EAST LANSING, Mich. — The deadline for this year’s signup for the Dairy Margin Protection Program is fast approaching. Dairy farmers have until Dec. 11, 2020 to sign up and have this pricing risk tool available for the 2021 season.
The Dairy Margin Coverage (DMC) program was created upon the signing of the 2018 Farm Bill. It replaces the former Margin Protection Program (MPP) and has several improvements to make it useful to almost all dairy farmers in Michigan. DMC is a voluntary program that makes payments when the national average income-over-feed-cost margin falls below a “farmer selected” coverage level. It is one of many risk management tools that farmers can use in a volatile market.
What features did the 2018 Farm Bill bring in?
The DMC program features lower premium cost for all milk covered in Tier 1 or under five million pounds. Five million pounds is equivalent to a farm of 200 milking cows producing 25,000 pounds of milk per cow/year. Currently, Michigan is ranked first in the nation in production per cow at 26,725 pounds per cow/year (2019).
Farms can cover anywhere from 5% to 95% of their production. For large farms, this means they can cover at least some of their milk production at Tier 1 prices. Farms can select a coverage margin level of up to $9.50 per hundred weight of milk (cwt.) for Tier 1 production. Coverage margin level choices remain at $4 to $8 for Tier 2 coverage.
A coverage margin level of $9.50 (Tier 1) has a premium cost of $.15 cwt/year on Tier 1 production (first five million pounds). Coverage premiums are significantly higher for Tier 2 production. Premiums range from $0.00 per cwt for $4 margin coverage to $1.8130 per hundred weight for $8 margin coverage. In the last two years, the DMC program has paid producers more than the cost of premiums, making this program worth looking at.
What does all this mean for Michigan dairy farms?
The DMC program allows them to cover a bigger margin between milk price and feed cost, for a cheaper rate when compared to the old MPP. This is especially important to Michigan dairy farmers, who have been impacted by the current low milk prices more than other dairy producing states. This is because of a current imbalance in production vs. processing capacity in Michigan. Dairy farmers here are often receiving over $1 less cwt. than other states. Causes for this disparity include the increased cost of hauling milk out of the state and having to sell the milk at a discount in order to find a processor for it. New processing capacity is coming on-line, but full processing capacity and the impacts on Michigan markets have yet to be fully realized.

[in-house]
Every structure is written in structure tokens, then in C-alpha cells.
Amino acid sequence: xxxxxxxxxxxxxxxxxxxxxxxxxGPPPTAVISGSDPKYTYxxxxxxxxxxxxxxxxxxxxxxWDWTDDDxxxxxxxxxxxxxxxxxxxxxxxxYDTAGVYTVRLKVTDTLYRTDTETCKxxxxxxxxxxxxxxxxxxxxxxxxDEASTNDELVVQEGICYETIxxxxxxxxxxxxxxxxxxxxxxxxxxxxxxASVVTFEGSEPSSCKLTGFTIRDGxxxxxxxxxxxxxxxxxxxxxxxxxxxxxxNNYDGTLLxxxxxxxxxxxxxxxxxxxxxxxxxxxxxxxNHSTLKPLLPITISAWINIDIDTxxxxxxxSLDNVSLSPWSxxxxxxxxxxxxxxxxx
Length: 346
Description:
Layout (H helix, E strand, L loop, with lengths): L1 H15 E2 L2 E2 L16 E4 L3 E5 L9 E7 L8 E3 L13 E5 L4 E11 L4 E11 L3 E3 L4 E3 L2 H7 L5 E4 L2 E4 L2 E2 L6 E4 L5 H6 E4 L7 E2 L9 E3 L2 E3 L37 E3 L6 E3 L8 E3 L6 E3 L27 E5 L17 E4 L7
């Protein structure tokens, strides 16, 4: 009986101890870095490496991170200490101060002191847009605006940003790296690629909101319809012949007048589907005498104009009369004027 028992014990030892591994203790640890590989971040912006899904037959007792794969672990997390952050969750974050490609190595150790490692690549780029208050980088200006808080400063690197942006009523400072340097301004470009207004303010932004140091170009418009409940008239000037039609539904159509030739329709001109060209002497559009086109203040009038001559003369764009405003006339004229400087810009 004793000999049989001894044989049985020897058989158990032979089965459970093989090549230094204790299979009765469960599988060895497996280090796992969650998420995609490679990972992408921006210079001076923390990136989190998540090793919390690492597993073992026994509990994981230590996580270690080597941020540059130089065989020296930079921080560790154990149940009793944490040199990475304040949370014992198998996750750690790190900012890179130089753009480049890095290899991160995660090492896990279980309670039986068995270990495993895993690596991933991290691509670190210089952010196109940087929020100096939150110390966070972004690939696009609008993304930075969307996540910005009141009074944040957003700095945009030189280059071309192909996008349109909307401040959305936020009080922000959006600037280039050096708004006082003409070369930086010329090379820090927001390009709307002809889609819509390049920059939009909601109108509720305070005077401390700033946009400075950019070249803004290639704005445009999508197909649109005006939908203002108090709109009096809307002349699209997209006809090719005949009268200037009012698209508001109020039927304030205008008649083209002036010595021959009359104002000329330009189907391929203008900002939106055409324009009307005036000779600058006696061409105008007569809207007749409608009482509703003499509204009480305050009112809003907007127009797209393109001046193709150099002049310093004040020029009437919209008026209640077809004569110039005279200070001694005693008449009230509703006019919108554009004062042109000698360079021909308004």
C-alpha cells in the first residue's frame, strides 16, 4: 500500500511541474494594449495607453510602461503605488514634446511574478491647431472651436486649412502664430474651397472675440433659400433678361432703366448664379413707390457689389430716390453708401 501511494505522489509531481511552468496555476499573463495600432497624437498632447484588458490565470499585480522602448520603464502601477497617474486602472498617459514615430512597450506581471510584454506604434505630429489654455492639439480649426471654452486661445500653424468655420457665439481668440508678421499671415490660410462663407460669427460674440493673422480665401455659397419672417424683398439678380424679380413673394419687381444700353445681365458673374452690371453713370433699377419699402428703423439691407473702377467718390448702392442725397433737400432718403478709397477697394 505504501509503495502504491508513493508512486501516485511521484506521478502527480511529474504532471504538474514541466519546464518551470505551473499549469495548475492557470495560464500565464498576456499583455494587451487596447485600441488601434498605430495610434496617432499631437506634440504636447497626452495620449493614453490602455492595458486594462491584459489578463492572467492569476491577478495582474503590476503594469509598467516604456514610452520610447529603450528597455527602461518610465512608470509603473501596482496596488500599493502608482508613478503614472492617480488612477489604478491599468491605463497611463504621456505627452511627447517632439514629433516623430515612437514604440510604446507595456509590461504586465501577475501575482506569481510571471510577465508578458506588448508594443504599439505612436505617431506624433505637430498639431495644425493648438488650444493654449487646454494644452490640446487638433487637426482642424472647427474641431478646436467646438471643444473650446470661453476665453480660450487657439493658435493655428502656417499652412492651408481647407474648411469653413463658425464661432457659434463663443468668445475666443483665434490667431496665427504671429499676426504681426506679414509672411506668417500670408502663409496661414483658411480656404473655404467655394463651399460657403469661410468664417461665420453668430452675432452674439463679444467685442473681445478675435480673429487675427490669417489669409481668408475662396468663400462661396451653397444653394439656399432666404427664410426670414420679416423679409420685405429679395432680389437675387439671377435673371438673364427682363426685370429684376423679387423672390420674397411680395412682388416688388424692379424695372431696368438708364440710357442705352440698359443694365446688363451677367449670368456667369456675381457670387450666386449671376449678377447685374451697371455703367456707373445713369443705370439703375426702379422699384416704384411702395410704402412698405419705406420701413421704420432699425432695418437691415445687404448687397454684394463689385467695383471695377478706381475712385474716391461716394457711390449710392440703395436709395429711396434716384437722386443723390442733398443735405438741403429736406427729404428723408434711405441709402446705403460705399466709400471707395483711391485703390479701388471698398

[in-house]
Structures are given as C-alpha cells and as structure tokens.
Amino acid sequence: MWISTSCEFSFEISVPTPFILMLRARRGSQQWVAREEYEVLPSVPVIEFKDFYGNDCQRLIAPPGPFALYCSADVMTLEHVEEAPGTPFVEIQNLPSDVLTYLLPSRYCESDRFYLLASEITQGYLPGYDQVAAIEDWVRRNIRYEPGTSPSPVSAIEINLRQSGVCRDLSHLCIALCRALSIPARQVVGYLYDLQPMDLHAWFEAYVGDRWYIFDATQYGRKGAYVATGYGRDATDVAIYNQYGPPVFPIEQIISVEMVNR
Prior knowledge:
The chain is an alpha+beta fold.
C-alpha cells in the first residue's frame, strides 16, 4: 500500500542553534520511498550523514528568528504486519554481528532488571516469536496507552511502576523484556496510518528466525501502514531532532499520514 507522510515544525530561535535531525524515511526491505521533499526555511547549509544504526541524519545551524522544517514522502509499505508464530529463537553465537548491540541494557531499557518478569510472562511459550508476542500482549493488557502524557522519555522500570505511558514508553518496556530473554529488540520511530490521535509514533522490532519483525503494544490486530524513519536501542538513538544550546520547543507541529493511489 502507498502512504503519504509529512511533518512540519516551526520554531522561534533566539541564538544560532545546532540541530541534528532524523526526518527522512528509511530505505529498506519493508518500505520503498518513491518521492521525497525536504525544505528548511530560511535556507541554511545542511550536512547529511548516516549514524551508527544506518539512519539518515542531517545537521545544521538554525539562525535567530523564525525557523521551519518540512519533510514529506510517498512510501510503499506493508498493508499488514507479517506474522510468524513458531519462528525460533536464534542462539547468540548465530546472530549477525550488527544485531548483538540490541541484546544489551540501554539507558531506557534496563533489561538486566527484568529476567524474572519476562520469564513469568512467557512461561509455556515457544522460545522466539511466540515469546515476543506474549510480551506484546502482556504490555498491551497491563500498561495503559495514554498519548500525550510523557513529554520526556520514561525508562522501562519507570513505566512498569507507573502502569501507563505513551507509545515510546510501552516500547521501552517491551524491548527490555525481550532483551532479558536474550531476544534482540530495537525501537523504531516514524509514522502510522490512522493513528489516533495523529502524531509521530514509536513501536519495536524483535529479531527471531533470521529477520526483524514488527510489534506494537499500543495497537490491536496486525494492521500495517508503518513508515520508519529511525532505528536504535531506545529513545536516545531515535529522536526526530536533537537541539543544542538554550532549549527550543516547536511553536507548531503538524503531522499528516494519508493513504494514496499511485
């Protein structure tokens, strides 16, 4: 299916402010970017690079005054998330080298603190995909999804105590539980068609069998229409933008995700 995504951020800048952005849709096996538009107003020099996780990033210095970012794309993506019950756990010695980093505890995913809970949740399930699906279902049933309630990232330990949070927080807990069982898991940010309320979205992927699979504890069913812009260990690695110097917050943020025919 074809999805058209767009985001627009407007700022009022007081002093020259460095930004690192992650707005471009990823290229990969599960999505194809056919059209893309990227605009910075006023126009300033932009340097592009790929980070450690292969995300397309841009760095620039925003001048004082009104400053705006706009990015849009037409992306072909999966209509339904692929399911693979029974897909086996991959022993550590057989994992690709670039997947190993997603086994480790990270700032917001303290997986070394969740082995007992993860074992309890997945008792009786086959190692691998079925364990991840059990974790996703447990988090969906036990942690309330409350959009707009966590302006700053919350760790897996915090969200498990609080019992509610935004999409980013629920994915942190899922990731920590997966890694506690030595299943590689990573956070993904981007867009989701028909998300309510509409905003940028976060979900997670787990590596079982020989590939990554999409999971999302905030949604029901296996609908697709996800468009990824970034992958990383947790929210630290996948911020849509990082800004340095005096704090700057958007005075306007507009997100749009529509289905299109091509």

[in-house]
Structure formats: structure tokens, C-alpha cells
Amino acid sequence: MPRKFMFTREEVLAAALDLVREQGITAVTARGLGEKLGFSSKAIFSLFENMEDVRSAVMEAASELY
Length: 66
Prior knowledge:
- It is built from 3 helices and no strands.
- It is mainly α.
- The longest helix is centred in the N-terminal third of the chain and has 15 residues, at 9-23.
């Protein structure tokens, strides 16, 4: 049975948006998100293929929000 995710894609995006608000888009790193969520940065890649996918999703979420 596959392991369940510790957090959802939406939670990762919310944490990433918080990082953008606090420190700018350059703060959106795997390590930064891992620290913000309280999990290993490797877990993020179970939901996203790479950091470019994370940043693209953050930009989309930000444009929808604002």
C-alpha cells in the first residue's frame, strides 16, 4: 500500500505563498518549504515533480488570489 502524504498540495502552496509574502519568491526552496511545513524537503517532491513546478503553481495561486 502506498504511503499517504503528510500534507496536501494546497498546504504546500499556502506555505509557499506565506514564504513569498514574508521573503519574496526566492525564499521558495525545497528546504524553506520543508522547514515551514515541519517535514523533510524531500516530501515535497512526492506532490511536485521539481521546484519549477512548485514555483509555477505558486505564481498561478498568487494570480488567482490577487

There are two decisions that dairy farmers will need to make in this year’s sign up period: What margin to cover, and what percentage of their historical production level to cover.
To help make this decision Michigan State University Extension recommends the use of the DMC decision tool. It can be found at: https://www.fsa.usda.gov/programs-and-services/farm-bill/farm-safety-net/dairy-programs/mpp-decision-tool/index. This tool is user-friendly and can aid a dairy farmer in making decisions on how much to cover and at what level. It will forecast the probability of the coverage levels being triggered by the predicted future milk price.
In 2021, it currently predicts that the program will have pay outs below the $9.50 margin level from January 2021 to August 2021 and the pay outs are possible the rest of 2021 at the $9.50 coverage level. This tool also features a probability table. This table will list the current probability of payment at different levels of coverage until August of 2021. Under the select coverage section of this tool, the user can select for their annual historic production and coverage percentage. This will allow the user to see the price per cwt., the premium cost, the expected payment form the program, and the probability of that payment.
Dairy farmers may also want to view a webinar produced in 2019 by the MSU Extension, featuring Christopher Wolf, professor of agricultural, food and resource economics at Michigan State University, along with Roger Betz and Stan Moore of MSU Extension. The webinar can be accessed through the MSU Extension farm management team’s webpage, or by going to the web page address http://bit.ly/MSUEDMC.
Although the Dairy Margin Coverage program will not solve our current low-price crisis in dairy, it can provide meaningful help to our Michigan dairy farmers. Using the DMC program, along with other risk management tools, can help manage risk on the farm. Dairy farmers are encouraged to contact their local USDA Farm Service Agency office soon to begin the paperwork process.
— Stanley Moore and Marianne Buza, MSU Extension
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